Debunking the myth of robot dogs

I’ve seen a few remarks from people who do not practice clicker training that reflect a fundamental misunderstanding of what it actually is. So I thought I’d address that today. Here are two representative remarks:

  • I bought a clicker, but my dog doesn’t do anything when I click it.
  • Clicker training creates robot dogs.

I suspect that the origin of these statements can be found in two places:

  1. Comic strip-inspired movies where villains transform people into robotic killing machines that are activated by a sound or keyword after brainwashing.
  2. An incomplete and erroneous understanding of the link between clicker training and Pavlov’s research.

Contrary to what the statements above imply, the clicker is not a remote control. It’s a means of communication. You can actually substitute the word “yes” for the click. However, the problem with the human voice is that it is variable and often reflects our emotional states, including stress and worry. Plus, we use words like yes in different settings. The click is invariable and is used only to tell the dog, “What you just did is something I want more of.”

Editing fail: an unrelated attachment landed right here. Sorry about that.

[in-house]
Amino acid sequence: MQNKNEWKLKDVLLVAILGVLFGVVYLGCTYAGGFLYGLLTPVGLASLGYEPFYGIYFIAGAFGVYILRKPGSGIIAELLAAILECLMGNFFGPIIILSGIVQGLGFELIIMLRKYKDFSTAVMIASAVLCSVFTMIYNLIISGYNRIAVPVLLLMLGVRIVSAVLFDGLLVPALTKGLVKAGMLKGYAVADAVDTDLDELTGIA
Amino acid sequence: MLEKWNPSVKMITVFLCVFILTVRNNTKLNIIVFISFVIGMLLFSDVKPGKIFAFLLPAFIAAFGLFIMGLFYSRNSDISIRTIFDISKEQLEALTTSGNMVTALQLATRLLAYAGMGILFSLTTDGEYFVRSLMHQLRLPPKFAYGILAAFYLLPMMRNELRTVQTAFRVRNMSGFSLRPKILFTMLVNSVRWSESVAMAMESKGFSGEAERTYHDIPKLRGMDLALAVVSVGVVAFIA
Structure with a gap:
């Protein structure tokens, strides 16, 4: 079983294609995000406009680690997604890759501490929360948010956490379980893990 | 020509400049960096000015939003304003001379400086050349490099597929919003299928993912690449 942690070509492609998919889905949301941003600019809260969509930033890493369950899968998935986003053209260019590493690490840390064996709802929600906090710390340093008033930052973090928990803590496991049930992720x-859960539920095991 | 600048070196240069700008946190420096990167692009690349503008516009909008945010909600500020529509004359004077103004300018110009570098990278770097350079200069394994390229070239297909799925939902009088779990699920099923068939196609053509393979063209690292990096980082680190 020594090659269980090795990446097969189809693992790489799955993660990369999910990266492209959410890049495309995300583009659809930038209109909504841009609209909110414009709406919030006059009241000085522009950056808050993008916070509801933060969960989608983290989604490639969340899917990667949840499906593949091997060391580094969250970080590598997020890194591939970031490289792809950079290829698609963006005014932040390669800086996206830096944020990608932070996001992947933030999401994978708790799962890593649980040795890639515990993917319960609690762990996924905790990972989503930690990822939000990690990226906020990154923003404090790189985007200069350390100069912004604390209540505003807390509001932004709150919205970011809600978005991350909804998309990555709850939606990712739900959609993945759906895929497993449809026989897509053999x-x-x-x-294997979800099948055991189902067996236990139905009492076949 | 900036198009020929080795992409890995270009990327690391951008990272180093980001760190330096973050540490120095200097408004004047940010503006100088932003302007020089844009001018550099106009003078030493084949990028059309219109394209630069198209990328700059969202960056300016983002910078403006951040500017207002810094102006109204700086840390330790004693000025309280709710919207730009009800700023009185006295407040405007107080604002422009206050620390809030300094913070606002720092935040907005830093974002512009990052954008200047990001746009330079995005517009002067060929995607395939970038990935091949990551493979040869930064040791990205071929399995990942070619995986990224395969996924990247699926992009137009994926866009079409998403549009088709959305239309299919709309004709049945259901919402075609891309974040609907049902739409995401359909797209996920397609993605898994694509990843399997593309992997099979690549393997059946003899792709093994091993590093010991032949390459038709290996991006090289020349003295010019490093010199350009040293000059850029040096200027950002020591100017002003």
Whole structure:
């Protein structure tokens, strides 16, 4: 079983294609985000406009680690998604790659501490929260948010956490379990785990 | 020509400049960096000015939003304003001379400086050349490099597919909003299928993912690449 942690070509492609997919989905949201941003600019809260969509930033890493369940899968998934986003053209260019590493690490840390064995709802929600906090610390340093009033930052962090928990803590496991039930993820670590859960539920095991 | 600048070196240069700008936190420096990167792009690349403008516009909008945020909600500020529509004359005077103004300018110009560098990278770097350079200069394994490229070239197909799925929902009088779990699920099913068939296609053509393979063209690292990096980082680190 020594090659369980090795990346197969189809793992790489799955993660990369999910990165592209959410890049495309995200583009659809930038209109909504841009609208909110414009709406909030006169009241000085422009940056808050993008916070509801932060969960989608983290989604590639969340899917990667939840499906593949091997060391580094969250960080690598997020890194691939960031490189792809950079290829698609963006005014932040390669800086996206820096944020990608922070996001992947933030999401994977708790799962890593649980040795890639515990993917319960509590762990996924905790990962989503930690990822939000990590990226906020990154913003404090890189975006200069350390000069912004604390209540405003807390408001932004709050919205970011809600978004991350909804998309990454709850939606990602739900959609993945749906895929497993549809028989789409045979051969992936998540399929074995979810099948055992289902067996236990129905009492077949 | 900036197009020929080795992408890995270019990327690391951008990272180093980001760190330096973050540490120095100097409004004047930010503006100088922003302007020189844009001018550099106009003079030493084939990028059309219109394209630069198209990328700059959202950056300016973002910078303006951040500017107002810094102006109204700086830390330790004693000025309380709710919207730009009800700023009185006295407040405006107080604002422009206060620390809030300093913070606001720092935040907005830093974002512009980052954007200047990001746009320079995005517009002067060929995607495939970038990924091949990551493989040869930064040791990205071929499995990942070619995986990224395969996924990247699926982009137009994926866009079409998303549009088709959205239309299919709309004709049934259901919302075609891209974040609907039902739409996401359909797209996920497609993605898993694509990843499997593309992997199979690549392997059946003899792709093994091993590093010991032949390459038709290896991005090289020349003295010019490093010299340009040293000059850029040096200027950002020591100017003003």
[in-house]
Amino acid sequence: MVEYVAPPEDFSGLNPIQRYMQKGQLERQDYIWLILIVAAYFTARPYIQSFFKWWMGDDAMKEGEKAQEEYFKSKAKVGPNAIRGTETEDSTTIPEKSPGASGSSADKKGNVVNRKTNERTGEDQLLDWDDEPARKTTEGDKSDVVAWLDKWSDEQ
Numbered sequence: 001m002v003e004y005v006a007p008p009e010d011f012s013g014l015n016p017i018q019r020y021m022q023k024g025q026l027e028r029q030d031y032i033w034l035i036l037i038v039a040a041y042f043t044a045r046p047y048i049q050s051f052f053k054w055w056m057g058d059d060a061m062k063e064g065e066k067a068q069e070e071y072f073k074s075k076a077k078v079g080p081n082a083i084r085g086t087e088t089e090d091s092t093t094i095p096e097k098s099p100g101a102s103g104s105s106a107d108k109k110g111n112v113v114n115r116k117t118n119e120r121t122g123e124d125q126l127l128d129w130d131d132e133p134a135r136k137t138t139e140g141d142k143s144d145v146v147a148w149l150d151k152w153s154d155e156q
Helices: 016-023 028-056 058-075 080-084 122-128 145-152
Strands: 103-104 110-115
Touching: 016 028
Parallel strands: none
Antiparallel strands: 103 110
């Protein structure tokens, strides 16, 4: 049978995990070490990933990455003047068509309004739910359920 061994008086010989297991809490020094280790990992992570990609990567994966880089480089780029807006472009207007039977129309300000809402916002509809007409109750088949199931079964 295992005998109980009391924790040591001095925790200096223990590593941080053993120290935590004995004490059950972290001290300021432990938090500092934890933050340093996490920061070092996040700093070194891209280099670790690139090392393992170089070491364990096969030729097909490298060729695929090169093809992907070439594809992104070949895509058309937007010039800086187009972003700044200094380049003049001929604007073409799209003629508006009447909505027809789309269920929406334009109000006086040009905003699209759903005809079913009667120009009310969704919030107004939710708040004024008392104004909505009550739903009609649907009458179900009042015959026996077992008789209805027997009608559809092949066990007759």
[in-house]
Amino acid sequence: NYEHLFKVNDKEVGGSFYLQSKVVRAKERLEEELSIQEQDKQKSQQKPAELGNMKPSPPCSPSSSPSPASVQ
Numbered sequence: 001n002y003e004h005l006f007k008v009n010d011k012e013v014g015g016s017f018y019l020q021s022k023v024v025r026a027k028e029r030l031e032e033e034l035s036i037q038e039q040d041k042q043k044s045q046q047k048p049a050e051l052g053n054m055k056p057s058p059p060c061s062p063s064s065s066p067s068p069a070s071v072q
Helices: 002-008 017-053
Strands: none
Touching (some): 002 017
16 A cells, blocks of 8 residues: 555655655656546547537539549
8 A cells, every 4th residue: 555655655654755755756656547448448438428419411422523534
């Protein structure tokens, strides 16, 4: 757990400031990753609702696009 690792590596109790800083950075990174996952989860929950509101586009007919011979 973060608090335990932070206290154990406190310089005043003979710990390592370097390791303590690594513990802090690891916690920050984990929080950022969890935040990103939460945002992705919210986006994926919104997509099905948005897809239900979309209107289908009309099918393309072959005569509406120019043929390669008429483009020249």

Most people know that Pavlov conditioned dogs to drool on cue. Their mistake is to think that the clicker is a cue. It’s not. AFTER the dog performs a desired behavior, you click and then reward the dog. Just like in Pavlov, the noise predicts the food. The difference is that Pavlov’s dogs just had to sit around, but a dog in training has to offer some sort of behavior.

Using the clicker has another advantage: our mammalian brains are wired so that anticipation of good things actually feels better than getting good things. Anticipating something pleasant stimulates our brains’ pleasure centers more than the pleasant thing itself does. That makes clicker training more powerful than simply giving treats. (And it explains why events never quite live up to our excitement leading up them.)


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